Treaties We Don’t Need Or Want

Obama will push to ratify the Law of the Sea Treaty, Rights of the
Child Treaty, and the International Criminal Court.

The Law of the Sea Treaty:
The Law of the Sea Treaty was conceived in 1982 by the U. N. as a method for governing activities on, over, and beneath the ocean’s surface. It focuses primarily on navigational and transit issues.The Treaty also contains provisions on the regulation of deep-sea mining and the redistribution of wealth to underdeveloped countries–as well
as sections regarding marine trade, pollution, research, and dispute resolution.

The Rights of the Child Treaty:
The Rights of the Child Treaty was signed in 1995 by Bill Clinton but wisely never ratified by our Senate. That’s because it would give the
federal government unacceptably broad new powers over children, families, and schools.It’s been a pet project of the cult of people who believe that the village should raise children rather than their parents. That’s the purpose of this treaty to give the UN a role in the raising
of children.

The International Criminal Court:
Specifically,the court threatens to diminish Americas sovereignty,
produce arbitrary and highly politicized “justice,” and grow into a
jurisdictional leviathan. Many of the legal safeguards American
citizens enjoy under the U.S. Constitution would be suspended if
they were brought before the court. Endangered constitutional
protections include the prohibition against double jeopardy, the
right to trial by an impartial jury, and the right of the accused to
confront the witnesses against him.

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2 Responses to “Treaties We Don’t Need Or Want”

  1. Caitlyn Says:

    The Law of the Sea Convention was first conceived in 1965 in discussions between the US and USSR over how to stop the encroachment of coastal state authority over the high seas, something that threatened both state’s blue water navies. In order to get all countries on board, it was decided to seek a comprehensive convention that could gain near-universal support.

    The convention was completed in 1982, but the US had problems with six areas related to the minerals of the seabed beyond national jurisdiction. These six areas were fixed by a binding multilateral agreement that supplemented the Convention and in 1994 the US signed the agreement and sent the convention and agreement as a package to the senate.

    It was the George W. Bush Administration that decided to push the Senate to ratify the convention in 2003 and has continued to support joining the convention. Rather than itemize the details of why the convention has the approval of the administration, I’ll simply point out some of the people and groups who support it:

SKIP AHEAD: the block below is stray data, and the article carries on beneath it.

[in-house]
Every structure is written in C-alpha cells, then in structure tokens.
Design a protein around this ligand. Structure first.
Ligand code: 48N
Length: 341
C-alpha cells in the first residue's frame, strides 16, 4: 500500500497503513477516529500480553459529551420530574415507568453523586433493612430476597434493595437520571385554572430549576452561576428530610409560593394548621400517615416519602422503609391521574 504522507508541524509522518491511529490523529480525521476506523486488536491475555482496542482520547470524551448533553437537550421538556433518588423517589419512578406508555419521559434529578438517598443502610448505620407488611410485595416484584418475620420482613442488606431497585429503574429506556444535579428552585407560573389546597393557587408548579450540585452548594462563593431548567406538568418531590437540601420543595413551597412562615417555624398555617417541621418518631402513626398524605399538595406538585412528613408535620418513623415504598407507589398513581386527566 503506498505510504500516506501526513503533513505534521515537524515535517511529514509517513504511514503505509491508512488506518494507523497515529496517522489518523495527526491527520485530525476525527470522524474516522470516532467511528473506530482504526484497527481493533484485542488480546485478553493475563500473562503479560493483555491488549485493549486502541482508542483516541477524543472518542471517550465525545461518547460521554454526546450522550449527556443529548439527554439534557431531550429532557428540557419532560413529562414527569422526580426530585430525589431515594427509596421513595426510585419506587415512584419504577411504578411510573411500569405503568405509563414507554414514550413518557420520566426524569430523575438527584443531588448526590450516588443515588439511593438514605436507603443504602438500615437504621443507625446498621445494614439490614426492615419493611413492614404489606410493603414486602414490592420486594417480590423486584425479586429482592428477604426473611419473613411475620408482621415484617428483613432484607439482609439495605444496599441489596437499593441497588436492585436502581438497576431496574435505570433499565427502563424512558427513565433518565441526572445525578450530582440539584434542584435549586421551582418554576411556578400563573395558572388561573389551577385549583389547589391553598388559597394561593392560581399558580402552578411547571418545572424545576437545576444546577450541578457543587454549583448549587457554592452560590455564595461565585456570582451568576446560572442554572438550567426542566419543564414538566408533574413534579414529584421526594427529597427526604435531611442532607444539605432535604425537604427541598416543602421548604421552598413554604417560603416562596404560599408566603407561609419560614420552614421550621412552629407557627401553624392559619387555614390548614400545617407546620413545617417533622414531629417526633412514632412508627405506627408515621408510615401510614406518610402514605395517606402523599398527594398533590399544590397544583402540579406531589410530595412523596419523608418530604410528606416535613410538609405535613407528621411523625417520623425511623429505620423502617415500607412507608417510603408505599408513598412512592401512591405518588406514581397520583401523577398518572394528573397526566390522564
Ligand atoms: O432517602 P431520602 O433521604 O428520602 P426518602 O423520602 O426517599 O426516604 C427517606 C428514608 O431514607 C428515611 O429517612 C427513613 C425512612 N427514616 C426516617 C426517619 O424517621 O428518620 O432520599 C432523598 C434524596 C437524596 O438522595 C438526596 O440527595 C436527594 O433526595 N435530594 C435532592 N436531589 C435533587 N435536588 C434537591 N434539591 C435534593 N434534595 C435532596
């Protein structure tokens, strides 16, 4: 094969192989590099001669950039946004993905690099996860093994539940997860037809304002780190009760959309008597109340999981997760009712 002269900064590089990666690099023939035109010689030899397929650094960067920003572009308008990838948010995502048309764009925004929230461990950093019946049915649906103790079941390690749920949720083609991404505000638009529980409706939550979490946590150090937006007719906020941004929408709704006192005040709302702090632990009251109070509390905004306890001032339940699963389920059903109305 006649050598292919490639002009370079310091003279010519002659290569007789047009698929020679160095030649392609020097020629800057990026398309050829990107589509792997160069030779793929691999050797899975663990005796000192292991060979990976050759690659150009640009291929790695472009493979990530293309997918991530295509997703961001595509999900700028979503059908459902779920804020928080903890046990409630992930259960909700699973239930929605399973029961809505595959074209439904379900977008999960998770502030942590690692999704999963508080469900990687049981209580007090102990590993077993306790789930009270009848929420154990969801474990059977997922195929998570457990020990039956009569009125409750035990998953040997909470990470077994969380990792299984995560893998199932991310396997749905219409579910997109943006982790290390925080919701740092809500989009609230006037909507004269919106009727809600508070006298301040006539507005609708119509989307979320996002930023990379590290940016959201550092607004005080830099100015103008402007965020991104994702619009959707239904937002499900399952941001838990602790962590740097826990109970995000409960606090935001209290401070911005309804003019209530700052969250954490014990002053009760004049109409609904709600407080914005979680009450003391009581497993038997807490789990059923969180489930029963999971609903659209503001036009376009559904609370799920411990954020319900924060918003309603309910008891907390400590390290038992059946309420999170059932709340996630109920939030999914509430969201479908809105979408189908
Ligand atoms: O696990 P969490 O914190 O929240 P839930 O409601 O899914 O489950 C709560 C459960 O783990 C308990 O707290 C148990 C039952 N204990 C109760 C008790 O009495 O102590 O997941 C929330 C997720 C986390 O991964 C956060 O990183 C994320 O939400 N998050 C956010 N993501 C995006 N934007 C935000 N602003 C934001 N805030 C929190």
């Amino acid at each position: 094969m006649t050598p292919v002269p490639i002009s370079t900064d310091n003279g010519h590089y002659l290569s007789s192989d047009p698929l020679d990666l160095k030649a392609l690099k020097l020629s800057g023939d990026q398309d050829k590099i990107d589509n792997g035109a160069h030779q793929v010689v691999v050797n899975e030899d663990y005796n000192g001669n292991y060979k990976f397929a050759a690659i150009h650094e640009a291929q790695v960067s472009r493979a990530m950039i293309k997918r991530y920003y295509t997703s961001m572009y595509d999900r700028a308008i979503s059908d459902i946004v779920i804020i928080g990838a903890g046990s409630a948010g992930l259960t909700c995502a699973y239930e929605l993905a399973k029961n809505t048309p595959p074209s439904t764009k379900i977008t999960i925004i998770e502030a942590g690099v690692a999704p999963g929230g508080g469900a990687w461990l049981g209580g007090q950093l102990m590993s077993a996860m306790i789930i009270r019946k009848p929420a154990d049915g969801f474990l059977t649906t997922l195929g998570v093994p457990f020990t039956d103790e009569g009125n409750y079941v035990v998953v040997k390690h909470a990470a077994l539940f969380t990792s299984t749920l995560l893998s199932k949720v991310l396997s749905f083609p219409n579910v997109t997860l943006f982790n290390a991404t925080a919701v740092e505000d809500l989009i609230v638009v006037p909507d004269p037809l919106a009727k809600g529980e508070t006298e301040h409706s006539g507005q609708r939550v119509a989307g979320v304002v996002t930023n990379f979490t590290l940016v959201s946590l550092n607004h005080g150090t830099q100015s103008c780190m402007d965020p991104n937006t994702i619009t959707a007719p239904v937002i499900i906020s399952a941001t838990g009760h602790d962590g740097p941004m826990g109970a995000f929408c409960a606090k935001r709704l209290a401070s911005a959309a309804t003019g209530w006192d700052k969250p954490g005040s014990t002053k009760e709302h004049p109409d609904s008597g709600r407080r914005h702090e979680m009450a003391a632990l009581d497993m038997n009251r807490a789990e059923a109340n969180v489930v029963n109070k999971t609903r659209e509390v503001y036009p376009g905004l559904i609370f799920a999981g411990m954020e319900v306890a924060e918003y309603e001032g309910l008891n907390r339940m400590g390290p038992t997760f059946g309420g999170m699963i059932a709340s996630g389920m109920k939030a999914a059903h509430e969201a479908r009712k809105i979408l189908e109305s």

Reagan’s secretaries of state George Shultz and Al Haig,
    George H.W. Bush’s Secretaries of State James Baker and Larry Eagleburger.
    All living Chiefs of Naval Operations,
    All living Commandants of the US Coast Guard;
    All living Legal Advisers of the State Department back to and including the Reagan Administration;
    The US Chamber of Commerce,
    The domestic oil and gas industry,
    The US shipping industry,
    The telecommunications industry,
    Environmental and conservation organizations and
    Virtually every group that defends, exploits or protects our oceans and coasts all support the LOS Convention regardless of party.

    Of course, there are a few organizations, mostly Washington-based think tanks, that oppose the convention, And if one opposes multilateral agreements as a matter of course, then the LOS Convention will be included in that opposition. But this is a convention that was negotiated by conservative and moderate republicans with a firm grasp of US interests both in sovereignty over our coastal resources and in our freedom of navigation around the world. They did an excellent job too.

  2. armageddonoutahere Says:

    Caitlyn, Here are some of the reasons:

    Reason #1: The Treaty Will Undermine U.S. Sovereignty.
    In addition, the fact that the International Seabed Authority has the power to amend the convention without U.S. consent. That concern has also not been remedied since it was first introduced.

    Reason #2: The Treaty Will Become a Back Door for Environmental Activists.
    The Executive Director of Greenpeace International, Thilo Bode, has explained how the environmentalist movement plans to leverage the treaty to advance its agenda, which often runs counter to U.S. interests

    Reason #3: America Should Not Participate in Yet Another U.N. Bureaucracy. International institutions created by multilateral treaties
    spawn unaccountable international bureaucracies, which in turn inevitably infringe upon U.S. sovereignty.

    Reason #4: American Participation Will Undermine U.S. Military and Intelligence Operations.
    Under the convention, the United States assumes a number of obligations at odds with its military practices and national security interests, including a commitment not to collect intelligence.

    Reason #5: The U.S. Does Not Need the Convention to Guarantee Navigation Rights.
    The U.S. enjoys reciprocal navigation rights by customary international practice.

    For these reasons and many others, conservatives who are concerned about U.S. sovereignty and national security should oppose ratification
    of the U.N. Convention on the Law of the Sea Treaty.

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